A Message from Maurice Jones
Recently, my 14-year-old daughter tested my knowledge of today’s popular music. After I failed to recognize four or five songs and artists, with exasperation, she asked, “Who do you know?” Proudly, I announced that my favorites included The Jackson 5, Whitney Houston and Prince. She interrupted, “Old school! Daddy, you are old school.”
My daughter’s observation highlights why I believe LISC continues to resonate with hundreds of thousands throughout America. For nearly 40 years, we have been catalyzing opportunity in urban and rural communities across our beloved country. Our approach is innovative and market-based, utilizing the assets in each community to multiply the beneficiaries of prosperity.
Instead of intervening from afar in the stories of the places and people we seek to serve, we are a part of the fabric of our communities.
From Buffalo to San Diego, and many locations in between, we have more than 30 offices and 700 team members living, raising families and working side by side with leaders and residents. Our presence in the places where we work facilitates the knowledge, trust and relationships that enable us to be entrepreneurial. Instead of intervening from afar in the stories of the places and people we seek to serve, we are a part of the fabric of our communities.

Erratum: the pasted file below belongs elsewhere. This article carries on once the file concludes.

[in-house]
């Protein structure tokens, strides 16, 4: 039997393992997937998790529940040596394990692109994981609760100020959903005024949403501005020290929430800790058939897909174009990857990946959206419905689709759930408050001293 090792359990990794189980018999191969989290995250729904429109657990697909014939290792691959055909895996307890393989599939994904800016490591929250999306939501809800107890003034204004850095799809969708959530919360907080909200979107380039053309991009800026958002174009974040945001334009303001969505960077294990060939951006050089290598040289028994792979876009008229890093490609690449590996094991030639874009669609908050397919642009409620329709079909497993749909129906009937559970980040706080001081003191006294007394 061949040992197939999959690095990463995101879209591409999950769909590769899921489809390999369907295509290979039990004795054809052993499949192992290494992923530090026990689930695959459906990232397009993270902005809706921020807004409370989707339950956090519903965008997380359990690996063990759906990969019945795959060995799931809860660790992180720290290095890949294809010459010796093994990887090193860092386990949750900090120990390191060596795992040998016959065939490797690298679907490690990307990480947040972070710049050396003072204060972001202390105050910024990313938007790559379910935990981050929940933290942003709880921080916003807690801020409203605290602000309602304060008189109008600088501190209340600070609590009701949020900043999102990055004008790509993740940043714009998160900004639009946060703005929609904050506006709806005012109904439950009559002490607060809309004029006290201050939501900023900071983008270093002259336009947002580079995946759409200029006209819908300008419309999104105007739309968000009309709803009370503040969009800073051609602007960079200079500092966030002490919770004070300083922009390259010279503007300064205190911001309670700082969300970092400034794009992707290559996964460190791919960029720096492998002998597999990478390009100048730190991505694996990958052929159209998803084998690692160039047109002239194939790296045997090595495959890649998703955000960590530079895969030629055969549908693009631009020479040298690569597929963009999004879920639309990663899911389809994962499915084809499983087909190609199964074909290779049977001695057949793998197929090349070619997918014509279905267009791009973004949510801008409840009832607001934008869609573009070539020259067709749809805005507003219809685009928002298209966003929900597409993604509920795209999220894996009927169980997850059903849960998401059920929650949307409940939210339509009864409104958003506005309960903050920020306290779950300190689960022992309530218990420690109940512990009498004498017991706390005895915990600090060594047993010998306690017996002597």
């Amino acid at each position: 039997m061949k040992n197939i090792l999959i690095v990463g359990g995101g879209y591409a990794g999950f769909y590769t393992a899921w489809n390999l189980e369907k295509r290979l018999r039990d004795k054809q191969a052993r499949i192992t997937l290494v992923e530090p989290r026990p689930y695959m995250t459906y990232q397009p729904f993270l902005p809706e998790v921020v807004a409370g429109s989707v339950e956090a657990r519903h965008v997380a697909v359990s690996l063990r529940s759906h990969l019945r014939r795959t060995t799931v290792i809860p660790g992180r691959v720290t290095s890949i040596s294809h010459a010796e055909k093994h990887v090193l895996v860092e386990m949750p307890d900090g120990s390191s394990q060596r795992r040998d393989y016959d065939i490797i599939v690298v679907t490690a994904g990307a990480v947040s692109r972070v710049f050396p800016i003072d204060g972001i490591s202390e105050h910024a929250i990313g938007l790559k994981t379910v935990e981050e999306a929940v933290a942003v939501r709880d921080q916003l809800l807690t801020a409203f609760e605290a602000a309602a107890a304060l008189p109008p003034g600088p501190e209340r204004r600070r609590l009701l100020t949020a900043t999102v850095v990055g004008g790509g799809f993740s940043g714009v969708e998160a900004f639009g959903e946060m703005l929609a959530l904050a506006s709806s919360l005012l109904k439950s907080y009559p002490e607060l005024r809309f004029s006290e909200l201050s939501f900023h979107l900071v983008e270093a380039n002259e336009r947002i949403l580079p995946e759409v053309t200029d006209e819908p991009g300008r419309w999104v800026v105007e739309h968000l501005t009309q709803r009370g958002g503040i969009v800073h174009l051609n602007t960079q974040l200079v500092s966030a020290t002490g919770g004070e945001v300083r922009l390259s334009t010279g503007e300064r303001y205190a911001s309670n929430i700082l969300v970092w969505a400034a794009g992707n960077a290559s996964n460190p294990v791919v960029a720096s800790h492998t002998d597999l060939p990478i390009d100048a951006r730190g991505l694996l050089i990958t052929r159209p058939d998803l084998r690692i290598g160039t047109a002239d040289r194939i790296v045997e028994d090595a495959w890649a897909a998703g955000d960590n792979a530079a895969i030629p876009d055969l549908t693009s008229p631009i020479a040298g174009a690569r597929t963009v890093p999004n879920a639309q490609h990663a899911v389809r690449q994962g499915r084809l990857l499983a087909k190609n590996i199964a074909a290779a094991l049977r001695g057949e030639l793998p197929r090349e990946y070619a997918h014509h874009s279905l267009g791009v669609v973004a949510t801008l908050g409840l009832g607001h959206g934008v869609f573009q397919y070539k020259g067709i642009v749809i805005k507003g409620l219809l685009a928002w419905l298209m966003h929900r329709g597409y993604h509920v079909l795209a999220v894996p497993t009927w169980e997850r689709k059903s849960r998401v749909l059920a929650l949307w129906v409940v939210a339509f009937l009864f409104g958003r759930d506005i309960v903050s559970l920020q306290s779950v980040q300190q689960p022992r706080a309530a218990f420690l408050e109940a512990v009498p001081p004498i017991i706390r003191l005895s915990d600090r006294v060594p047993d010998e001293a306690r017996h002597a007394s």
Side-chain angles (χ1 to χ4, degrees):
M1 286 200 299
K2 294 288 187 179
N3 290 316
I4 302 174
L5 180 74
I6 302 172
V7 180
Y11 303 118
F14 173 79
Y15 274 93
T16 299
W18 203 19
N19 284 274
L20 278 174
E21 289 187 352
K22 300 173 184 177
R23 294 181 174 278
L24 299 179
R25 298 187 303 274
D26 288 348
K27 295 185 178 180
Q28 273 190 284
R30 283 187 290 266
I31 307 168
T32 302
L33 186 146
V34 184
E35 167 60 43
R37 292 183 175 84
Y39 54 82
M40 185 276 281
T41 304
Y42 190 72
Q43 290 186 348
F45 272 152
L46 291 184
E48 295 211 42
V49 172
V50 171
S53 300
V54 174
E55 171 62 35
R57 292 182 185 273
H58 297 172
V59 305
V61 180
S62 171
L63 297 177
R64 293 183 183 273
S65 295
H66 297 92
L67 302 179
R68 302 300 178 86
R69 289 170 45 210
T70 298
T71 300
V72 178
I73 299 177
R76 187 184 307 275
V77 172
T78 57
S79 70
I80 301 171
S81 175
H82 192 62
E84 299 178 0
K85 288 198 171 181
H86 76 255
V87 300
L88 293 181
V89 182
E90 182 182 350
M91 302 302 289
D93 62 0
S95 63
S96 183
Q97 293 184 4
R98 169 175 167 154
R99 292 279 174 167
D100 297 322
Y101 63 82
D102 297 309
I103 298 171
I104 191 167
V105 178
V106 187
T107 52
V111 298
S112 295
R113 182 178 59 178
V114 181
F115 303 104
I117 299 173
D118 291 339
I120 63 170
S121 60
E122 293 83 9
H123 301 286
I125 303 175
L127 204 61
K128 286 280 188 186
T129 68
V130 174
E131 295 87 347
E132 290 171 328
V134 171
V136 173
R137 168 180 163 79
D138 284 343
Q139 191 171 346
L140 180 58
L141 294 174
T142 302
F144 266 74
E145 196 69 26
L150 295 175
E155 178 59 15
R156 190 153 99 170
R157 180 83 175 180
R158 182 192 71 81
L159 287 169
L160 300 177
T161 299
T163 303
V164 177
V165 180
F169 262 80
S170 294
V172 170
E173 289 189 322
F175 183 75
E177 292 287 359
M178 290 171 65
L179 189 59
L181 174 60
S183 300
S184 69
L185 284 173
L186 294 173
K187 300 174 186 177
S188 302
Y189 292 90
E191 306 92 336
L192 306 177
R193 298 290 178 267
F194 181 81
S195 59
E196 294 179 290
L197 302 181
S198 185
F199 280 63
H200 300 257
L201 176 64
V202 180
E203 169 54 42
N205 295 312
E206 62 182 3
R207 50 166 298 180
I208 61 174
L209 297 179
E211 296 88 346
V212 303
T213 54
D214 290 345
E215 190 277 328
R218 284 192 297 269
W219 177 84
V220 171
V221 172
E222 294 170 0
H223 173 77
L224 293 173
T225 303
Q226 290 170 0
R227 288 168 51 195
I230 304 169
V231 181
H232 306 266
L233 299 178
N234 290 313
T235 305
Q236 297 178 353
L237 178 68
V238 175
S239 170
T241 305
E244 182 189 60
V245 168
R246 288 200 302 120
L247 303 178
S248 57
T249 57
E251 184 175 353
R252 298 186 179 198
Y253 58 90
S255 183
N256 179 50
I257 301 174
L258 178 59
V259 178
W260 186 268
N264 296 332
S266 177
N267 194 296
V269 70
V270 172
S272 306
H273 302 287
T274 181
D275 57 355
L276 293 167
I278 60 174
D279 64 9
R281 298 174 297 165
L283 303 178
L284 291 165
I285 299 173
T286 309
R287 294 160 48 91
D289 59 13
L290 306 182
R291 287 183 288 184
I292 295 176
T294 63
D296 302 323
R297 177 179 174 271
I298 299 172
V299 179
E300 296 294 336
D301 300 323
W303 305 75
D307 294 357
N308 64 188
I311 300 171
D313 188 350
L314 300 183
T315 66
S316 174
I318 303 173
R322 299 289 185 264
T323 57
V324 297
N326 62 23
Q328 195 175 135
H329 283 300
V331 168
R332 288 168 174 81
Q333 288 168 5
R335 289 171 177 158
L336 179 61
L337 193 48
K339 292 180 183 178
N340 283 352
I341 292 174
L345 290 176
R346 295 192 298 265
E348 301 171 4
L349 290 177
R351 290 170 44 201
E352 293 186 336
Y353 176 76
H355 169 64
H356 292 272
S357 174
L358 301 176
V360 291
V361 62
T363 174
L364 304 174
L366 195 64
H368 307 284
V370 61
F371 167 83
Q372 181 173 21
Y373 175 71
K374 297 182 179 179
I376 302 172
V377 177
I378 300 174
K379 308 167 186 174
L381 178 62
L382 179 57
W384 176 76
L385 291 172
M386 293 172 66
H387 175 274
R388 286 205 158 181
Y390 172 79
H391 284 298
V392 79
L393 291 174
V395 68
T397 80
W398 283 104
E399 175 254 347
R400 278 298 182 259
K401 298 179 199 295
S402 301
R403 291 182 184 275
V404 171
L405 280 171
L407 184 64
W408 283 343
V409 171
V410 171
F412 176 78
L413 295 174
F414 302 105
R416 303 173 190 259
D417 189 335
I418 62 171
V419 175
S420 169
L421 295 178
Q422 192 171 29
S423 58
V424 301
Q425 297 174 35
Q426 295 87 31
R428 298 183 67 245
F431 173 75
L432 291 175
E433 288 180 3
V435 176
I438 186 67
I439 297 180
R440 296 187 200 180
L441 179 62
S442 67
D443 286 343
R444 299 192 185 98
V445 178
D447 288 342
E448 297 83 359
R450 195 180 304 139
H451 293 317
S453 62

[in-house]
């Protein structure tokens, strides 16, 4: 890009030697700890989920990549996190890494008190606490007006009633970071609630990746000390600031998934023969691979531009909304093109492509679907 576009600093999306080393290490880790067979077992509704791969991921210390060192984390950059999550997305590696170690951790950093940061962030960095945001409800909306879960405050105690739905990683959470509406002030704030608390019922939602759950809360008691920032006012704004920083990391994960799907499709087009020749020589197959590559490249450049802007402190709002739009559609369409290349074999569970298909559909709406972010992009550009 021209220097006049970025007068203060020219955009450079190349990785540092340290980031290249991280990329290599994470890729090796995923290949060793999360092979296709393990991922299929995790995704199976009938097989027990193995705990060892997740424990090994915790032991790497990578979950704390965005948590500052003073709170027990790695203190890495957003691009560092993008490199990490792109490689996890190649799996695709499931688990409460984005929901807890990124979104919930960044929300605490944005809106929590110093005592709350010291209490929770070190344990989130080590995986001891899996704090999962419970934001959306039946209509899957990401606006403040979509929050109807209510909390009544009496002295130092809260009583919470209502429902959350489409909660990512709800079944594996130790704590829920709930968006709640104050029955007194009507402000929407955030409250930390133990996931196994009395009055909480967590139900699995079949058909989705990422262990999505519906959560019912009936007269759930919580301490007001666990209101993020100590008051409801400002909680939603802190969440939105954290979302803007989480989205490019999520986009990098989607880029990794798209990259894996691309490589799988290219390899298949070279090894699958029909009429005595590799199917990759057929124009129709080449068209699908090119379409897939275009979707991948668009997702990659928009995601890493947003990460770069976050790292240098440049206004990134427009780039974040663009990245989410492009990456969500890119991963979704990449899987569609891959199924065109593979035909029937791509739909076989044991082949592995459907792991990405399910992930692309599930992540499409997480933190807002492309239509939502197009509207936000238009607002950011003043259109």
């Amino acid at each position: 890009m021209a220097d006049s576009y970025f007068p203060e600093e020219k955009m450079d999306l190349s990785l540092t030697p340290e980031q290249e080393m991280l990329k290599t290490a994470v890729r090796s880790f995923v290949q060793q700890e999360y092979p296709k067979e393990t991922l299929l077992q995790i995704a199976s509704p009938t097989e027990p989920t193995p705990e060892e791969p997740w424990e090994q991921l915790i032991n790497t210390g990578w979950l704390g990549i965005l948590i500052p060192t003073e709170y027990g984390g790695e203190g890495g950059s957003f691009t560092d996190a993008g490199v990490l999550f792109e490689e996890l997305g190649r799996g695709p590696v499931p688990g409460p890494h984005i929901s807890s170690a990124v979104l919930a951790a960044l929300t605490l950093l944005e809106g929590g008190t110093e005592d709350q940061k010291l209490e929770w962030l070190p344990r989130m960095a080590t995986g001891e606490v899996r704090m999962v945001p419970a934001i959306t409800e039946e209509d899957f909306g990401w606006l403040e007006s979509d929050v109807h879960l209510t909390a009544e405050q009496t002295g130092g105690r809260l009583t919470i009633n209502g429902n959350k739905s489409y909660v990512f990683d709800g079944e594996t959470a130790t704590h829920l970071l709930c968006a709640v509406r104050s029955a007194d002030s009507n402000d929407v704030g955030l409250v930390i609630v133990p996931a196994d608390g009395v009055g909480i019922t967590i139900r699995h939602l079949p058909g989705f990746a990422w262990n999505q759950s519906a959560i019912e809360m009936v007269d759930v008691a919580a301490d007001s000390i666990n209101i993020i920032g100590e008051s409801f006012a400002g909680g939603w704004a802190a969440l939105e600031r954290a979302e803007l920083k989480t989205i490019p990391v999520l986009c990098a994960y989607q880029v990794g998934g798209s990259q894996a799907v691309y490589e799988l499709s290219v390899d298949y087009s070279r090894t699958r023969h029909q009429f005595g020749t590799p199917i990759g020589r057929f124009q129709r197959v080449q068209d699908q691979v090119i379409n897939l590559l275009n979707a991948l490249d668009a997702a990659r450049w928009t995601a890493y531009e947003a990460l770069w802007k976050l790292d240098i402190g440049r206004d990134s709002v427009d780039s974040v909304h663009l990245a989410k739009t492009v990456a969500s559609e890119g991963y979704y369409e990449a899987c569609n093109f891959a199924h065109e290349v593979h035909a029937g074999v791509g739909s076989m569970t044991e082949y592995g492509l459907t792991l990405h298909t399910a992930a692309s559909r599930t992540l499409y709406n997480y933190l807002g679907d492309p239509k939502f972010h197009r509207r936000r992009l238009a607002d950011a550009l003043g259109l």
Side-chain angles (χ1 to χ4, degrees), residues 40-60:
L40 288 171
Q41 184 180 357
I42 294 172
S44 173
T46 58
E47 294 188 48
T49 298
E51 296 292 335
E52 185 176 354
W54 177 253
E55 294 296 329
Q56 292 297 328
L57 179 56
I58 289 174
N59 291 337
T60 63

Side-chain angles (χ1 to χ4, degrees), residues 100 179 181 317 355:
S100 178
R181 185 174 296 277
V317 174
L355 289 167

Our experience demonstrates that, arguably, the most potent agents of opportunity exist in the localities where people live: local schools and teachers, mentors, businesses and owners, housing, health facilities and providers, law enforcement, sports teams and coaches, faith institutions and leaders, etc. With residents and more than 2,000 partners we’ve invested more than $17 billion (leveraging approximately $50 billion in total) and provided thousands of hours of coaching, technical assistance and consulting services. The $1.3 billion that we provided last year represents our largest single-year investment on record.
Evolving with the marketplaces where we work, our investments are multidimensional. We create affordable housing, more than 365,000 units to date. We support vital community facilities, more than 61 million square feet of space. We collaborate with residents and police to reduce crime around hot spots, sometimes by more than 40 percent. We’ve completed hundreds of health and recreation projects, financed grocery stores in food deserts, constructed health centers in tough neighborhoods, developed football fields and basketball courts in places where these assets are scarce. We’ve helped thousands find and keep employment, improve their net incomes, increase their net worth and enhance their credit scores.
And after six months at LISC, my faith in old school innovation has only been strengthened. The work we do, the way we do it and our enduring commitment to improving the lives of those with whom we work produces impressive results.
I’m not sure whether my daughter was complimenting me when she called me “old school,” but I am interpreting it that way. And after six months at LISC, my faith in old school innovation has only been strengthened. The work we do, the way we do it and our enduring commitment to improving the lives of those with whom we work produces impressive results.